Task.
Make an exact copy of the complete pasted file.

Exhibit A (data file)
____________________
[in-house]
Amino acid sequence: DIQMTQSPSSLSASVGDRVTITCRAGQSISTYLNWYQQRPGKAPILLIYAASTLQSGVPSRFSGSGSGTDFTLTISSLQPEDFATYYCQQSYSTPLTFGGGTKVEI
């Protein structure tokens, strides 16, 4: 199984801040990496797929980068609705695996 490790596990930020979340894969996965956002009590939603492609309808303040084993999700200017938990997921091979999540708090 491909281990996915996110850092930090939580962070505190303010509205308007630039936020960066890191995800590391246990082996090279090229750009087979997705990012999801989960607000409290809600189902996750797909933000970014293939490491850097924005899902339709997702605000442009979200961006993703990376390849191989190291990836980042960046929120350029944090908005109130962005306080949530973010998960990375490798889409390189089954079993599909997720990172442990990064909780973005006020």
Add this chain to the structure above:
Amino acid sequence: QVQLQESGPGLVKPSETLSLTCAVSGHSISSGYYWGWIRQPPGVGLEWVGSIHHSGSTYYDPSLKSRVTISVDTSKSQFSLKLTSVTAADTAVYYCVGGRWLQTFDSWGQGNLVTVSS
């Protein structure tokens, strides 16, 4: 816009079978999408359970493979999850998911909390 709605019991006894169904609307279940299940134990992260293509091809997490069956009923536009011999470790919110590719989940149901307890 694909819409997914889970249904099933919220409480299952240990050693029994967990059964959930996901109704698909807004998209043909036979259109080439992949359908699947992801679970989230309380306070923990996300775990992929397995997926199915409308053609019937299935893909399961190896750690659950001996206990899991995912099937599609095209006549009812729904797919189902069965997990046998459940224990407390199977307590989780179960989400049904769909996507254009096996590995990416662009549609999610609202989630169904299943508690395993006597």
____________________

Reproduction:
[in-house]
Amino acid sequence: DIQMTQSPSSLSASVGDRVTITCRAGQSISTYLNWYQQRPGKAPILLIYAASTLQSGVPSRFSGSGSGTDFTLTISSLQPEDFATYYCQQSYSTPLTFGGGTKVEI
């Protein structure tokens, strides 16, 4: 199984801040990496797929980068609705695996 490790596990930020979340894969996965956002009590939603492609309808303040084993999700200017938990997921091979999540708090 491909281990996915996110850092930090939580962070505190303010509205308007630039936020960066890191995800590391246990082996090279090229750009087979997705990012999801989960607000409290809600189902996750797909933000970014293939490491850097924005899902339709997702605000442009979200961006993703990376390849191989190291990836980042960046929120350029944090908005109130962005306080949530973010998960990375490798889409390189089954079993599909997720990172442990990064909780973005006020």
Add this chain to the structure above:
Amino acid sequence: QVQLQESGPGLVKPSETLSLTCAVSGHSISSGYYWGWIRQPPGVGLEWVGSIHHSGSTYYDPSLKSRVTISVDTSKSQFSLKLTSVTAADTAVYYCVGGRWLQTFDSWGQGNLVTVSS
């Protein structure tokens, strides 16, 4: 816009079978999408359970493979999850998911909390 709605019991006894169904609307279940299940134990992260293509091809997490069956009923536009011999470790919110590719989940149901307890 694909819409997914889970249904099933919220409480299952240990050693029994967990059964959930996901109704698909807004998209043909036979259109080439992949359908699947992801679970989230309380306070923990996300775990992929397995997926199915409308053609019937299935893909399961190896750690659950001996206990899991995912099937599609095209006549009812729904797919189902069965997990046998459940224990407390199977307590989780179960989400049904769909996507254009096996590995990416662009549609999610609202989630169904299943508690395993006597």